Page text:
Any magnet you can find will have a north and south pole. This figure illustrates that even if we cut a magnet in half, the two halves will exhibit the same polar properties: The new magnets will instantly develop new poles to become dipolar. A bar magnet is an example of a magnetic dipole.
It doesn't matter how small the magnet is, we still observe that all magnets have two poles. Contrast this to charges. While a positive and a negative charge form a dipole (which has an electric field similar to the magnetic field of a bar magnet), it is also possible for positive and negative charges to be isolated. In fact we can create streams or "beams" of negatively- or positively-charged particles.
There doesn't seem to be any theoretical barrier to finding a magnetic monopole – an isolated north or south pole, but to date, none have been observed.
The equations that describe classical electromagnetic phenomena, Maxwell's equations, allow for magnetic monopoles. Maybe you can be the one to discover them.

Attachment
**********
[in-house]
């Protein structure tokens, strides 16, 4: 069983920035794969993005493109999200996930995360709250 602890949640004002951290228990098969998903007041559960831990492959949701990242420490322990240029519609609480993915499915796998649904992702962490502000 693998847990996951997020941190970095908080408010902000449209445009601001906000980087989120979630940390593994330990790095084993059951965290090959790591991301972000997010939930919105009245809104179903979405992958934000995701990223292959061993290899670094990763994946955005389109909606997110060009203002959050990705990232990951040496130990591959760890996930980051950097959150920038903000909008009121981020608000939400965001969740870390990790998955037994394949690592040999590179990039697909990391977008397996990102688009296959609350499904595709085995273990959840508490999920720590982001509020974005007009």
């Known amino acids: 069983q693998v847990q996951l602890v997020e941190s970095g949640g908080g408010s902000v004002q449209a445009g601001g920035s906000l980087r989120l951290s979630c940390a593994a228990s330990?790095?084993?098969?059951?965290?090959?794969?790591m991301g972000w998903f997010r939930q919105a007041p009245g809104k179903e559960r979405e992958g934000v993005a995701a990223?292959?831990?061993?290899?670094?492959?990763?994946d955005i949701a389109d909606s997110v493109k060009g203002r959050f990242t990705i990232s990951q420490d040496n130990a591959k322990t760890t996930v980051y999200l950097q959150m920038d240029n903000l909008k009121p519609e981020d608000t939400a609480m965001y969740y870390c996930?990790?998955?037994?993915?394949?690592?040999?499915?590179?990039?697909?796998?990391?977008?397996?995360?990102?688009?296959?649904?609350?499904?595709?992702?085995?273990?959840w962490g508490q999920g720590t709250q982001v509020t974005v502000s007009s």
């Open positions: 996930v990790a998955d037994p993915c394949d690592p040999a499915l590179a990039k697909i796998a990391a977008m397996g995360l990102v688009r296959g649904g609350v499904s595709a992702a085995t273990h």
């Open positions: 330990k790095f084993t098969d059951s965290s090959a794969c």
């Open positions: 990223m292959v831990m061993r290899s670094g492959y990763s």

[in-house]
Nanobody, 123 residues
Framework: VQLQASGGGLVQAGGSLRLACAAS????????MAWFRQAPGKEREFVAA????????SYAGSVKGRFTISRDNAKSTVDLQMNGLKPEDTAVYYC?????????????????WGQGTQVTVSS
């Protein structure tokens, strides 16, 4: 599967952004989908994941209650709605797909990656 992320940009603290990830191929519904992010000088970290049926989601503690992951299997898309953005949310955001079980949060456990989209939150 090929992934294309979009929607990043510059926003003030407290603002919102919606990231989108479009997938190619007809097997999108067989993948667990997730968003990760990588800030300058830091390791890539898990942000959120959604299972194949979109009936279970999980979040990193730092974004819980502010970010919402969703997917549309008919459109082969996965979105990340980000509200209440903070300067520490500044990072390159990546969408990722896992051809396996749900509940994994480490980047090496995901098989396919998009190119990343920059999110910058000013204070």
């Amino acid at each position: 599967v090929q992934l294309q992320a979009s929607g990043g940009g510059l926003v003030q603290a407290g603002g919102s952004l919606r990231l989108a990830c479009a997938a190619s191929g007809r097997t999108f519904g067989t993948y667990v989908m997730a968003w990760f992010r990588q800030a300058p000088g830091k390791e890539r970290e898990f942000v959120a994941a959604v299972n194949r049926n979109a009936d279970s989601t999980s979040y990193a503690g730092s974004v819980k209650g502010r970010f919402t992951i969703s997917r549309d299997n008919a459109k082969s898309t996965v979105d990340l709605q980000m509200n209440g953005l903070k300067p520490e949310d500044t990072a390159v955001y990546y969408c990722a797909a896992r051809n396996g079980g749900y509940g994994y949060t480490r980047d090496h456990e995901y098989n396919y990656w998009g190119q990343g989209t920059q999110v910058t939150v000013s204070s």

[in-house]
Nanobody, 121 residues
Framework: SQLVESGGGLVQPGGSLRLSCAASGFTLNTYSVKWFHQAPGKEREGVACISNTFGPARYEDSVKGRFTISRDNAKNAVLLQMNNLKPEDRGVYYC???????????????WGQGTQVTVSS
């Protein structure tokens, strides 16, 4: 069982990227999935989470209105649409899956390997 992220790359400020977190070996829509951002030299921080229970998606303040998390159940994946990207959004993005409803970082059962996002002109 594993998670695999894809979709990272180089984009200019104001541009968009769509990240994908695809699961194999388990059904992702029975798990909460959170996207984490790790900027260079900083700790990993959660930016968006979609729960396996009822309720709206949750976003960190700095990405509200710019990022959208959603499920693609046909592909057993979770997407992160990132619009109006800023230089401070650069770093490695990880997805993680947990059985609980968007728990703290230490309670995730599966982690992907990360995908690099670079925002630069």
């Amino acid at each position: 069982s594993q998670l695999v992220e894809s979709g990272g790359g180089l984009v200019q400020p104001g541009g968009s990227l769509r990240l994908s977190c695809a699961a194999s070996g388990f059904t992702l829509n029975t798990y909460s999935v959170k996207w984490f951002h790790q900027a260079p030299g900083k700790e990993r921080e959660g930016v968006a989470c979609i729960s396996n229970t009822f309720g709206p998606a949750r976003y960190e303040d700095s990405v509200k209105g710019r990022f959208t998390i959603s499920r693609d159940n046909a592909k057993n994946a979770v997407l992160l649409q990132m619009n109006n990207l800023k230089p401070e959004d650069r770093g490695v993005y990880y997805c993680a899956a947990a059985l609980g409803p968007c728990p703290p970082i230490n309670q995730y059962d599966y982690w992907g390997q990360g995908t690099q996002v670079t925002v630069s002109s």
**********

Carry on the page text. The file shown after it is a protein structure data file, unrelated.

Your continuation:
There exist a relatively small variety of materials, usually crystalline (which means dependable order in the structure), that are naturally magnetic. That is, when formed, unpaired electrons exist in each repeating component (unit cell) of the crystal, and the resulting unpaired spins align, each a small magnet, to form a larger permanent magnet.
There are only a few kinds of permanent magnets, from magnetite to the very strong neodymium magnets (actually Nd2F14B) now used in modern motors and other devices. These materials are called ferromagnetic. The word (ferro / ferrum = iron) originates from early observations that only iron compounds were permanently magnetic.
Here is a simple representation of a permanent magnet. The spheres stand for unpaired electron spins, each with a north and south pole – each a tiny magnet.
The arrow points toward the north pole of the magnet, the general direction of all tiny poles. In reality, the spins are never so exactly aligned, and every atom, even at very low temperatures, is always in motion. But the average orientation of the spins has a strong alignment that produces permanent magnetism.
In contrast, non-magnetic materials that have unpaired spins might look something like this figure. The spins are not aligned, thus there is no overall direction to the magnetic force exerted by the their sum. These materials can be paramagnetic.